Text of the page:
Omar Salama and Samantha Memedoska are co-directors of Keep Toronto Warm, an initiative that began in November of last year. Keep Toronto Warm works with roughly 15 volunteers at any given time to distribute ‘warmth packages’ to the unsheltered homeless. Student volunteers are at the forefront of all distributions and events, and all donations received go toward purchasing items for their warmth packages. One package includes 2 pairs of warm socks, a hot beverage gift card, a warm blanket and a personalized letter from the donor.
“We recognize that we cannot solve the larger political and social issues that cause homelessness” says co-director, Samantha Memedoska, “but we can give people an immediate resource that they may need, like a pair of warm socks or a hot drink.”
In September of this year they launched Keep Toronto Fed, a related initiative that aims to address food insecurity in the city. After collecting perfectly good food deemed by retailers to be ‘unsellable’ (for example, one or two day-old produce that would otherwise go to waste), a team of dedicated students distribute packed lunches around the city. Their first distribution was a huge success, thanks to generous donations from The Great Canadian Bagel company and the work of student volunteers.
Fix the 6ix
Awo Dirie is the Assistant Director of Fix the 6ix, an organization that leads two separate programs that serve Torontonians in need; the ReGiftcard Program, and 100 for the Homies. Fix the 6ix repurposes the cash balance on unwanted and partially used gift cards through their ReGiftcard Program. To date, they have collected over 500 gift cards with over $2500 in credit.
In addition to providing meals to people both on the street and in shelters, they also purchase clothing and hygiene items for Sistering 24 hour women’s drop in, and donate Cineplex movie tickets to Eva’s Place Homeless Youth Shelter. Although they recognize that their programs offer only “temporary relief to food insecurity” through the continued efforts of student volunteers, they’ve supported over 20 shelters across the GTA.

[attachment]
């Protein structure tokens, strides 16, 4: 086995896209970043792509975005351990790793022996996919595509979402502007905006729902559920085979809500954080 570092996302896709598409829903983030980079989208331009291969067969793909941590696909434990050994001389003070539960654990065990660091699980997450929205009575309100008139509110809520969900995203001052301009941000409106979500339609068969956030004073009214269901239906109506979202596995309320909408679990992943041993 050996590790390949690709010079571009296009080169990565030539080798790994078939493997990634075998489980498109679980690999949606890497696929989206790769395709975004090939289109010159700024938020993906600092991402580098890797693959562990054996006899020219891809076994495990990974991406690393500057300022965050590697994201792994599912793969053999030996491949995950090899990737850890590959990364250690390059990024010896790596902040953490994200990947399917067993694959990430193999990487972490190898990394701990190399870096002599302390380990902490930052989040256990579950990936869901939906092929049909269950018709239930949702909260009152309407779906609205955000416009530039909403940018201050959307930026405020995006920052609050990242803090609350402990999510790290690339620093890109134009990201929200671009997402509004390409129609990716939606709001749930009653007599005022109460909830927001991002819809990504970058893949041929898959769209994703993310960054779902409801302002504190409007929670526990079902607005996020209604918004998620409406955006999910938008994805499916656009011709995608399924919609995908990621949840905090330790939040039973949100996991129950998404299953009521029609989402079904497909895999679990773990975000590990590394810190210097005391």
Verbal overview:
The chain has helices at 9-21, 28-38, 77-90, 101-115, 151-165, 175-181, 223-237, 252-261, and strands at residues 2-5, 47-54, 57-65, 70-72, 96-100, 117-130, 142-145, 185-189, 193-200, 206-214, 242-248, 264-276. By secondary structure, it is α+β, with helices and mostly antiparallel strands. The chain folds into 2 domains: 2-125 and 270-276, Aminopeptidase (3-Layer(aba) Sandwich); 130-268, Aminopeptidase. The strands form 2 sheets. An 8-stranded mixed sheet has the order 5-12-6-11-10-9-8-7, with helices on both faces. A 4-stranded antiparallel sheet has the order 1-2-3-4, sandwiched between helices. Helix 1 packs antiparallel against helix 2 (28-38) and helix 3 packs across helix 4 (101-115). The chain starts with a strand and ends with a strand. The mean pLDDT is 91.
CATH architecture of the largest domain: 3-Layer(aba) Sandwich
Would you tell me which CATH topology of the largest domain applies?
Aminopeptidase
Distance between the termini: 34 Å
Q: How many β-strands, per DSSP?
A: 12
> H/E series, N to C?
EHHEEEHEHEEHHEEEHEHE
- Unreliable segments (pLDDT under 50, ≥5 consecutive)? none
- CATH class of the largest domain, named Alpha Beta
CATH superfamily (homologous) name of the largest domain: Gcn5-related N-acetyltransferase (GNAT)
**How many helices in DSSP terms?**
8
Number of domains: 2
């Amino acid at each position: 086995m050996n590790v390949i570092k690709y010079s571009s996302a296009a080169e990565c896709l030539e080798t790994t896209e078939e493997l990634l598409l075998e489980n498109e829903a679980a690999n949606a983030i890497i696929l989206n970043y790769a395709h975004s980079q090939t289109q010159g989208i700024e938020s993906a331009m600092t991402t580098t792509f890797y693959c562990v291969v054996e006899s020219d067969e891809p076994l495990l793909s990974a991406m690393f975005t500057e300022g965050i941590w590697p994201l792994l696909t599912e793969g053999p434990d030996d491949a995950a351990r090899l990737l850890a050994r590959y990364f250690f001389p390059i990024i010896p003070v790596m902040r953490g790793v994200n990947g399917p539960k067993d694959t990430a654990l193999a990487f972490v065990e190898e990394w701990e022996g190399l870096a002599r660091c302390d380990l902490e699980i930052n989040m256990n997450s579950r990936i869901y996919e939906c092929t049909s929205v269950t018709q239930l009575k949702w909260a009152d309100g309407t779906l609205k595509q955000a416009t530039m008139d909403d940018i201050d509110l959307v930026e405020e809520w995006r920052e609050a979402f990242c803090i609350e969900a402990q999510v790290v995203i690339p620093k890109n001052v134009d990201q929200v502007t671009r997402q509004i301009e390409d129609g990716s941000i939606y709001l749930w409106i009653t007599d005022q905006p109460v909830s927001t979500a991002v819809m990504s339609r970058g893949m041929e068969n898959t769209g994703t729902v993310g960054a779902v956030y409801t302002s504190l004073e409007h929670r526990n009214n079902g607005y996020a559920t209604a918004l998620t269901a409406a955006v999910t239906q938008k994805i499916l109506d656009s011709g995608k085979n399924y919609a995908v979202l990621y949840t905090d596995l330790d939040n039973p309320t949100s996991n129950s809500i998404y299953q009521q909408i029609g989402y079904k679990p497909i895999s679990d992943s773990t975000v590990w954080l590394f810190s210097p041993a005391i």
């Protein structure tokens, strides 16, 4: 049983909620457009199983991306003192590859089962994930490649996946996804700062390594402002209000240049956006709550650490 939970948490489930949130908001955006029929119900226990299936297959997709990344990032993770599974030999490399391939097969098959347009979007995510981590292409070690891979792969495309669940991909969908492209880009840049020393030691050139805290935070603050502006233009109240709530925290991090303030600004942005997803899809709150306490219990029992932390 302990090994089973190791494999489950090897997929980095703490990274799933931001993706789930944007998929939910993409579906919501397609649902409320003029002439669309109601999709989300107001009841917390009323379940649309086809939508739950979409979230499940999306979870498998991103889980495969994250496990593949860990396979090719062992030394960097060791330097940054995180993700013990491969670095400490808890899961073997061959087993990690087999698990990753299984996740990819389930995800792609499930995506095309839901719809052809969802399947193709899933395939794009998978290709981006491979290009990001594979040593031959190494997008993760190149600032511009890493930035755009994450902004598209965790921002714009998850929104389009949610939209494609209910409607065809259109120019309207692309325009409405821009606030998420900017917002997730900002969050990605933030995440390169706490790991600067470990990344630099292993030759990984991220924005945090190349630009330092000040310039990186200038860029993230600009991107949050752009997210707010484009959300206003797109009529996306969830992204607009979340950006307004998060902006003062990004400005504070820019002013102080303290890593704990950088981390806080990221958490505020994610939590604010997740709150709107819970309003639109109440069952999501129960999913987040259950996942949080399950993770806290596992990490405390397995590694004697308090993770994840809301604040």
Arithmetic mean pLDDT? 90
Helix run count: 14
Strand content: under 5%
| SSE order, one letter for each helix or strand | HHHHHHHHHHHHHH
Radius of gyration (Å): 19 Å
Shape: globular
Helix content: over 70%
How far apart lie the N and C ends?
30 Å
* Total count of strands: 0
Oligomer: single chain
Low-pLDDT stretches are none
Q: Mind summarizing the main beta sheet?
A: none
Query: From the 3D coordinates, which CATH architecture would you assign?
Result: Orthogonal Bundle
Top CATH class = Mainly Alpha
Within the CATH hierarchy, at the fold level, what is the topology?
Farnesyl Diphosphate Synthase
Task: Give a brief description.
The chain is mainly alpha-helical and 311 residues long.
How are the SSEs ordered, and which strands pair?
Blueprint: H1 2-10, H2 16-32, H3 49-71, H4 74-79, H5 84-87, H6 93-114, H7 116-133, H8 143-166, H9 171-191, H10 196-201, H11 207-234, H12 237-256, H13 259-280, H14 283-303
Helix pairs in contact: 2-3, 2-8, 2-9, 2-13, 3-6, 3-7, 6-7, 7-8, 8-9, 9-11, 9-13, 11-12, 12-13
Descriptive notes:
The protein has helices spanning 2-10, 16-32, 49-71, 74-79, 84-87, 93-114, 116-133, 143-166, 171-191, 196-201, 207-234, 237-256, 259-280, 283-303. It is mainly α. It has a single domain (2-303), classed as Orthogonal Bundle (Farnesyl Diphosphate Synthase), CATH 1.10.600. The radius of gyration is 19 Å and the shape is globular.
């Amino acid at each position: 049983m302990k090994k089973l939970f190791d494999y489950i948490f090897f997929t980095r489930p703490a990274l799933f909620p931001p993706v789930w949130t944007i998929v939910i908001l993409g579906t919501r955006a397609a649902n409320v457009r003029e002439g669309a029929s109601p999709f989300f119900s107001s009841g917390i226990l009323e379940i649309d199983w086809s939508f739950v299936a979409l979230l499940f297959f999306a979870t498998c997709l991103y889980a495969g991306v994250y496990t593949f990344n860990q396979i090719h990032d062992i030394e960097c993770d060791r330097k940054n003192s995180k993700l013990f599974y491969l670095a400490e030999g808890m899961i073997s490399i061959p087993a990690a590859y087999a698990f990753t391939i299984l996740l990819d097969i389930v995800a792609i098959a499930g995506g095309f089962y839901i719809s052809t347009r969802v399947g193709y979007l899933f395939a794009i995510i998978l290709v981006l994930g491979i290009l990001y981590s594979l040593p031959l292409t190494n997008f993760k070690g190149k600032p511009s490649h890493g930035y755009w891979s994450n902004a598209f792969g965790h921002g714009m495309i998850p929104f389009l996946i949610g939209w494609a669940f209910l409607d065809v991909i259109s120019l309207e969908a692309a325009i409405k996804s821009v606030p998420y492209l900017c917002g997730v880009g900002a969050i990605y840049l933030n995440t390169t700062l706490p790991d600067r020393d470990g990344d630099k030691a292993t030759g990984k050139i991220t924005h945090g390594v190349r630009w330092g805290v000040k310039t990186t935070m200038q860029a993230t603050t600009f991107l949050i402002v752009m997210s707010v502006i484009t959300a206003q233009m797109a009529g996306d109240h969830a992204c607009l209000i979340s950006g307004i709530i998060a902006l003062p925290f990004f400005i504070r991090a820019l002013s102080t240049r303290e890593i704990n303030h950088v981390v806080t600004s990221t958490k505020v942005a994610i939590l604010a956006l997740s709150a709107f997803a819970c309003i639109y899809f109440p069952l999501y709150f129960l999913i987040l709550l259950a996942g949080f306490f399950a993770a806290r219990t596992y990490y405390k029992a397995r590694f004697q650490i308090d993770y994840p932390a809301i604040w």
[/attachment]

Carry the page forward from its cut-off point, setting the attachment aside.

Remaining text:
As many Toronto Raptors fans know, after every 100+ point home win, attending fans can take their tickets to redeem a free slice of pizza at participating Pizza Pizza locations. Through the 100 for the Homies program, Fix the 6ix collects tickets donated by fans, and distributes them at Toronto homeless shelters. Since April of the 2015/2016 season 100 for the Homies has collected 13,787 tickets donated by raptors fans. Sometimes shelters simply don’t have the capacity to properly store donated food, especially if it's highly perishable. 100 for the Homies offers a solution to this issue. At shelters, residents can make the autonomous decision whether or not to redeem their ticket for a slice of pizza.
After providing us with some background information on their organizations, we asked Samantha, Omar and Awo to answer a few questions to get a better understanding of the work that their organizations do, and their future goals.
What inspired you to set up your organization?
Keep Toronto Warm: The needs of our community inspired the start of this organization, and continues to inspire us everyday. Specifically, we were triggered by an article that we read which highlighted the death of two homeless individuals during the winter stemming from the lack of resources and space available in shelters. It was not difficult to walk the streets of the downtown core and notice that the community lacked the essentials to survive.
Fix the 6ix: It was Deanna Lentini, a student of Kinesiology and Health Science and Founding Director of Fix the 6ix, whose eagerness to make change inspired us. Her overall goal was to make the city a better place by supporting our most in-need residents; Fix the 6ix was prompted by the passion she had for her own town. She wanted to give others an easy and ‘no-cost’ way to help those in-need.
How do you think your organization is able to help and impact people experiencing homelessness?
Keep Toronto Warm: Our organization is not able to address the structural and larger political issues involved in homelessness, it is however, able to tackle some of the more immediate forces directly affecting the community. As a group we can provide immediate protection from the cold; short-term comfort and access to resources for future support.